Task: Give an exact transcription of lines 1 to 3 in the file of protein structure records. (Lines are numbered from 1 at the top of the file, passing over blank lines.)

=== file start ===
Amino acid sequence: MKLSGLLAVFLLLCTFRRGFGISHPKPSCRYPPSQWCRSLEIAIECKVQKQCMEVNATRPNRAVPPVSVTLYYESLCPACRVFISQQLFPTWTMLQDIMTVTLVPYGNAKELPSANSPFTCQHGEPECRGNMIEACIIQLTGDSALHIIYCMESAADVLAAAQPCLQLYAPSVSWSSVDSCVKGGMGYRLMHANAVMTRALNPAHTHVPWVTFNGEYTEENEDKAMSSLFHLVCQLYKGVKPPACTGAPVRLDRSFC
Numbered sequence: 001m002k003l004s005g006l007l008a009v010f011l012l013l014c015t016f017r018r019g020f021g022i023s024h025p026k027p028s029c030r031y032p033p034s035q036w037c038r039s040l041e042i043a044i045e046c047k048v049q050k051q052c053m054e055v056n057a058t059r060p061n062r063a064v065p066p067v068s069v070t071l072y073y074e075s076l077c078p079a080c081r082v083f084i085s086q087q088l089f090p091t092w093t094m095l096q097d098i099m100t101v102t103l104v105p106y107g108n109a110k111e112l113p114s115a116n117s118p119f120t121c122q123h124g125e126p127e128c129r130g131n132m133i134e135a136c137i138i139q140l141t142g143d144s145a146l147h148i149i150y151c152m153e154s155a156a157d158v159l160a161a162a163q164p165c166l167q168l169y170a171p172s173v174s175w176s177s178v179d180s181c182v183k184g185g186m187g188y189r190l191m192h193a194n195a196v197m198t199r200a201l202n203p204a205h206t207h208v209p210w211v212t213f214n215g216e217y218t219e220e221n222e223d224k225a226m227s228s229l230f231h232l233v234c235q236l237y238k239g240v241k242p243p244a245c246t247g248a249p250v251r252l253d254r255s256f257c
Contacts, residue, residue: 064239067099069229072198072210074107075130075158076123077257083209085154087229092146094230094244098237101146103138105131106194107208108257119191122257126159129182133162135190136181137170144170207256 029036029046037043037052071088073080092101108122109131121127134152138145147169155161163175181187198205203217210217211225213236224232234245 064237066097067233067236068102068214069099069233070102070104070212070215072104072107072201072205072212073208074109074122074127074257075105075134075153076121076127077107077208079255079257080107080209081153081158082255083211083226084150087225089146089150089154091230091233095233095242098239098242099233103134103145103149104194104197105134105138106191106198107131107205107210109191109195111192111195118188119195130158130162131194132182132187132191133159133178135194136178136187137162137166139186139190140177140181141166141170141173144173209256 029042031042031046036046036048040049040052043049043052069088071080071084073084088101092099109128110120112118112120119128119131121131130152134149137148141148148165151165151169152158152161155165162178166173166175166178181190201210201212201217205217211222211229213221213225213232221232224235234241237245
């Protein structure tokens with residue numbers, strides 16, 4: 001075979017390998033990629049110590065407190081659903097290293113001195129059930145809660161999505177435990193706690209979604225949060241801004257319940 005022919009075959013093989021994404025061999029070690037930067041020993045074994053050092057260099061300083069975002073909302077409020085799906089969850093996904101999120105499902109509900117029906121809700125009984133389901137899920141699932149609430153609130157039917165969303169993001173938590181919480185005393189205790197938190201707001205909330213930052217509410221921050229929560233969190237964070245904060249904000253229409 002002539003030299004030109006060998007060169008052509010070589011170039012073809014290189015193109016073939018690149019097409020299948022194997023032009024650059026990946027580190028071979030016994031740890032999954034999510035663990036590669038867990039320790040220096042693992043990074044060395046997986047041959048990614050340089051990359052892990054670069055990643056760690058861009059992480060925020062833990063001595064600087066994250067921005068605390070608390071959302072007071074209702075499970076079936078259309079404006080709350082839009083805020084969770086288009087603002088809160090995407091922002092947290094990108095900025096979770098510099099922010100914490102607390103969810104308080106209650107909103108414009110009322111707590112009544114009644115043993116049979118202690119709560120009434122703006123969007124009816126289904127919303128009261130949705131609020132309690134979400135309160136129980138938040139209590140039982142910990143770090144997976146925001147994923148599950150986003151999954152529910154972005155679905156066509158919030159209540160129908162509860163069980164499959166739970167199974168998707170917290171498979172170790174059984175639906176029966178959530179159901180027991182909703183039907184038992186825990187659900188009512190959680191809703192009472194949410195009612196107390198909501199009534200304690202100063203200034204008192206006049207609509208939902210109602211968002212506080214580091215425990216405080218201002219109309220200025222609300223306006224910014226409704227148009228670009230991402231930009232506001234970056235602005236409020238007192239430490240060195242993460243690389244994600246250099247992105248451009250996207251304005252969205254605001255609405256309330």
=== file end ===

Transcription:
Amino acid sequence: MKLSGLLAVFLLLCTFRRGFGISHPKPSCRYPPSQWCRSLEIAIECKVQKQCMEVNATRPNRAVPPVSVTLYYESLCPACRVFISQQLFPTWTMLQDIMTVTLVPYGNAKELPSANSPFTCQHGEPECRGNMIEACIIQLTGDSALHIIYCMESAADVLAAAQPCLQLYAPSVSWSSVDSCVKGGMGYRLMHANAVMTRALNPAHTHVPWVTFNGEYTEENEDKAMSSLFHLVCQLYKGVKPPACTGAPVRLDRSFC
Numbered sequence: 001m002k003l004s005g006l007l008a009v010f011l012l013l014c015t016f017r018r019g020f021g022i023s024h025p026k027p028s029c030r031y032p033p034s035q036w037c038r039s040l041e042i043a044i045e046c047k048v049q050k051q052c053m054e055v056n057a058t059r060p061n062r063a064v065p066p067v068s069v070t071l072y073y074e075s076l077c078p079a080c081r082v083f084i085s086q087q088l089f090p091t092w093t094m095l096q097d098i099m100t101v102t103l104v105p106y107g108n109a110k111e112l113p114s115a116n117s118p119f120t121c122q123h124g125e126p127e128c129r130g131n132m133i134e135a136c137i138i139q140l141t142g143d144s145a146l147h148i149i150y151c152m153e154s155a156a157d158v159l160a161a162a163q164p165c166l167q168l169y170a171p172s173v174s175w176s177s178v179d180s181c182v183k184g185g186m187g188y189r190l191m192h193a194n195a196v197m198t199r200a201l202n203p204a205h206t207h208v209p210w211v212t213f214n215g216e217y218t219e220e221n222e223d224k225a226m227s228s229l230f231h232l233v234c235q236l237y238k239g240v241k242p243p244a245c246t247g248a249p250v251r252l253d254r255s256f257c
Contacts, residue, residue: 064239067099069229072198072210074107075130075158076123077257083209085154087229092146094230094244098237101146103138105131106194107208108257119191122257126159129182133162135190136181137170144170207256 029036029046037043037052071088073080092101108122109131121127134152138145147169155161163175181187198205203217210217211225213236224232234245 064237066097067233067236068102068214069099069233070102070104070212070215072104072107072201072205072212073208074109074122074127074257075105075134075153076121076127077107077208079255079257080107080209081153081158082255083211083226084150087225089146089150089154091230091233095233095242098239098242099233103134103145103149104194104197105134105138106191106198107131107205107210109191109195111192111195118188119195130158130162131194132182132187132191133159133178135194136178136187137162137166139186139190140177140181141166141170141173144173209256 029042031042031046036046036048040049040052043049043052069088071080071084073084088101092099109128110120112118112120119128119131121131130152134149137148141148148165151165151169152158152161155165162178166173166175166178181190201210201212201217205217211222211229213221213225213232221232224235234241237245